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An excerpt from www.HouseOfNames.com archives copyright 2000 - 2016


From the historical and enchanting region of Normandy emerged a multitude of noble families, including the distinguished Courbat family. Originally, the Norman people were known only by a single name. Surnames evolved during the Middle Ages when people began to assume an extra name to avoid confusion and to further identify themselves. Often they adopted names that were derived from nicknames. Nickname surnames were derived from an eke-name, or added name. They usually reflected the physical characteristics or attributes of the first person that used the name. The name Courbat is a nickname type of surname for a person with dark hair. Tracing the origin of the name further, we found the name Courbat was originally derived from the Old French word "corbeau," which means "raven."

Courbat Early Origins



The surname Courbat was first found in Shropshire, where they claim descendancy from Roger, son of Corbet as listed in the Domesday Book of 1086. Roger le Corbet (or Fitz Corbet) was granted several manors by William the Conqueror as the Barony of Caus for his role in the Conquest. "The first Corbet came from Shropshire and settled in Teviotdale under Earl David in the first quarter of the twelfth century." [1]CITATION[CLOSE]
Black, George F., The Surnames of Scotland Their Origin, Meaning and History. New York: New York Public Library, 1946. Print. (ISBN 0-87104-172-3)

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Courbat Spelling Variations


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Courbat Spelling Variations



Spelling variations of this family name include: Corbett, Corbet, Corbetts, Corbit, Corbitt, Corbitts and many more.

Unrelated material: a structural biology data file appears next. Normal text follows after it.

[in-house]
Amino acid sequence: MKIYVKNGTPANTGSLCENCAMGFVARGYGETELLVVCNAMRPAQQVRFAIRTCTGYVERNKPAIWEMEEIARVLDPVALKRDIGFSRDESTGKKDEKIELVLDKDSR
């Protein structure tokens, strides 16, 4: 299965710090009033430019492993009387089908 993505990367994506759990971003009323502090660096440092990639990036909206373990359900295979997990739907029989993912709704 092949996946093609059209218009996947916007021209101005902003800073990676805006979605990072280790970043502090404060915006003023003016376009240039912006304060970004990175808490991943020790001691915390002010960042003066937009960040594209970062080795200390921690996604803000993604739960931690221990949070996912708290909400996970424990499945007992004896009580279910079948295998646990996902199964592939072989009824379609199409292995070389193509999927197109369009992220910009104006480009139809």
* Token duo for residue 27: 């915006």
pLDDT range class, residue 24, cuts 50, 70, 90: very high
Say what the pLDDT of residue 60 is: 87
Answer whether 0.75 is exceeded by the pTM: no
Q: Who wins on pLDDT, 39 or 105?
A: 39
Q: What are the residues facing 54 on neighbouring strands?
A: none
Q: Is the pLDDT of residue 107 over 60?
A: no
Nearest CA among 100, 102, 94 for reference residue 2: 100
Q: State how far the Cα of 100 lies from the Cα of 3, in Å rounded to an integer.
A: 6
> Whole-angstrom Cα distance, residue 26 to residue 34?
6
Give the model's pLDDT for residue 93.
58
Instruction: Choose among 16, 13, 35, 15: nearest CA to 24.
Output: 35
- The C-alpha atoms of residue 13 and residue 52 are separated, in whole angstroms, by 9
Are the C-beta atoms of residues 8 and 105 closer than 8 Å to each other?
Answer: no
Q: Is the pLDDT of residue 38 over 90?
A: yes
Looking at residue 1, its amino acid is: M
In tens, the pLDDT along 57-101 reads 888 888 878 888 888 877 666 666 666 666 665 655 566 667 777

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Courbat Early History


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Courbat Early History



This web page shows only a small excerpt of our Courbat research. Another 287 words (20 lines of text) covering the years 1124, 1241, 1296, 1580, 1637, 1624, 1600, 1582, 1635, 1594, 1662, 1646, 1648, 1595, 1662, 1617, 1657, 1640, 1640, 1683, 1677, 1683, 1658, 1675, 1748, 1705 and 1711 are included under the topic Early Courbat History in all our PDF Extended History products and printed products wherever possible.

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Courbat Early Notables (pre 1700)


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Courbat Early Notables (pre 1700)



Notable among the family at this time was Sir Robert Corbett of Selkirk Abbey; Sir Andrew Corbet (1580-1637), an English politician, Member of Parliament for Shropshire (1624-25), matriculated at Queen's College, Oxford (1600); Richard Corbet (1582-1635) poet and prelate; Sir John Corbet, 1st Baronet of Stoke upon Tern (1594-1662), an English...

Another 102 words (7 lines of text) are included under the topic Early Courbat Notables in all our PDF Extended History products and printed products wherever possible.

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Courbat In Ireland


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Courbat In Ireland



Some of the Courbat family moved to Ireland, but this topic is not covered in this excerpt. Another 101 words (7 lines of text) about their life in Ireland is included in all our PDF Extended History products and printed products wherever possible.